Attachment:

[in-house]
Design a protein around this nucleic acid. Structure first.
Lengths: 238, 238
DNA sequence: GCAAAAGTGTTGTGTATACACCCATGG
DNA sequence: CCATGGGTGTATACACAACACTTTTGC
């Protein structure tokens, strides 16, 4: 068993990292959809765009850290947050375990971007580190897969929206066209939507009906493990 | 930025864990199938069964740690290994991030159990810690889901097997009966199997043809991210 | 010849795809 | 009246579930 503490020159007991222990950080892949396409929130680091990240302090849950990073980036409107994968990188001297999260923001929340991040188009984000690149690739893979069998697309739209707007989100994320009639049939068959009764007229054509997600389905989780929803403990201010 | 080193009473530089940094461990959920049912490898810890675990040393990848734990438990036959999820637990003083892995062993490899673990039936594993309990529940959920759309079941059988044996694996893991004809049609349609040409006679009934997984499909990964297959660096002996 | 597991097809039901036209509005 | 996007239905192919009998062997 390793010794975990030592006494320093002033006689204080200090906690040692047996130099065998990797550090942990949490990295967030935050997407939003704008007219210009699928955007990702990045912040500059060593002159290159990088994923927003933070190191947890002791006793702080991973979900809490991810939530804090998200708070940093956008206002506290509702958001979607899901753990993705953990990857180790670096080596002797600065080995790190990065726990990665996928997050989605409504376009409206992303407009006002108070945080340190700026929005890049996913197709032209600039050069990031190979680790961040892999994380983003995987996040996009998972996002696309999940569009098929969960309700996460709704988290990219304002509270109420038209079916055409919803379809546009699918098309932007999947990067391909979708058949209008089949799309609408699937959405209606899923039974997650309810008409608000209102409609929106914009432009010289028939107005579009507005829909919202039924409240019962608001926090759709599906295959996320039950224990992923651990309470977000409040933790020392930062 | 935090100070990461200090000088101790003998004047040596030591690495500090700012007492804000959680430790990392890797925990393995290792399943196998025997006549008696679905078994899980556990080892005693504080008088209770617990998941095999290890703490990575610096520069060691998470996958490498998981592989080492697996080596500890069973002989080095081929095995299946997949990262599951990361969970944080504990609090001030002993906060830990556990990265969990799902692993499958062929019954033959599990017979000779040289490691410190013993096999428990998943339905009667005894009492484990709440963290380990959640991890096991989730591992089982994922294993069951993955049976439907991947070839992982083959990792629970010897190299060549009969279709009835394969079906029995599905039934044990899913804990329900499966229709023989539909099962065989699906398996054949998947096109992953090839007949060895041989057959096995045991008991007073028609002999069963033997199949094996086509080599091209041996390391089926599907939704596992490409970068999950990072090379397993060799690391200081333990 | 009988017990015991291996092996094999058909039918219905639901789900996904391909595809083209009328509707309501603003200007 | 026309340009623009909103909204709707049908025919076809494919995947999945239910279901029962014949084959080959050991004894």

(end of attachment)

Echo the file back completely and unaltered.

[in-house]
Design a protein around this nucleic acid. Structure first.
Lengths: 238, 238
DNA sequence: GCAAAAGTGTTGTGTATACACCCATGG
DNA sequence: CCATGGGTGTATACACAACACTTTTGC
């Protein structure tokens, strides 16, 4: 068993990292959809765009850290947050375990971007580190897969929206066209939507009906493990 | 930025864990199938069964740690290994991030159990810690889901097997009966199997043809991210 | 010849795809 | 009246579930 503490020159007991222990950080892949396409929130680091990240302090849950990073980036409107994968990188001297999260923001929340991040188009984000690149690739893979069998697309739209707007989100994320009639049939068959009764007229054509997600389905989780929803403990201010 | 080193009473530089940094461990959920049912490898810890675990040393990848734990438990036959999820637990003083892995062993490899673990039936594993309990529940959920759309079941059988044996694996893991004809049609349609040409006679009934997984499909990964297959660096002996 | 597991097809039901036209509005 | 996007239905192919009998062997 390793010794975990030592006494320093002033006689204080200090906690040692047996130099065998990797550090942990949490990295967030935050997407939003704008007219210009699928955007990702990045912040500059060593002159290159990088994923927003933070190191947890002791006793702080991973979900809490991810939530804090998200708070940093956008206002506290509702958001979607899901753990993705953990990857180790670096080596002797600065080995790190990065726990990665996928997050989605409504376009409206992303407009006002108070945080340190700026929005890049996913197709032209600039050069990031190979680790961040892999994380983003995987996040996009998972996002696309999940569009098929969960309700996460709704988290990219304002509270109420038209079916055409919803379809546009699918098309932007999947990067391909979708058949209008089949799309609408699937959405209606899923039974997650309810008409608000209102409609929106914009432009010289028939107005579009507005829909919202039924409240019962608001926090759709599906295959996320039950224990992923651990309470977000409040933790020392930062 | 935090100070990461200090000088101790003998004047040596030591690495500090700012007492804000959680430790990392890797925990393995290792399943196998025997006549008696679905078994899980556990080892005693504080008088209770617990998941095999290890703490990575610096520069060691998470996958490498998981592989080492697996080596500890069973002989080095081929095995299946997949990262599951990361969970944080504990609090001030002993906060830990556990990265969990799902692993499958062929019954033959599990017979000779040289490691410190013993096999428990998943339905009667005894009492484990709440963290380990959640991890096991989730591992089982994922294993069951993955049976439907991947070839992982083959990792629970010897190299060549009969279709009835394969079906029995599905039934044990899913804990329900499966229709023989539909099962065989699906398996054949998947096109992953090839007949060895041989057959096995045991008991007073028609002999069963033997199949094996086509080599091209041996390391089926599907939704596992490409970068999950990072090379397993060799690391200081333990 | 009988017990015991291996092996094999058909039918219905639901789900996904391909595809083209009328509707309501603003200007 | 026309340009623009909103909204709707049908025919076809494919995947999945239910279901029962014949084959080959050991004894």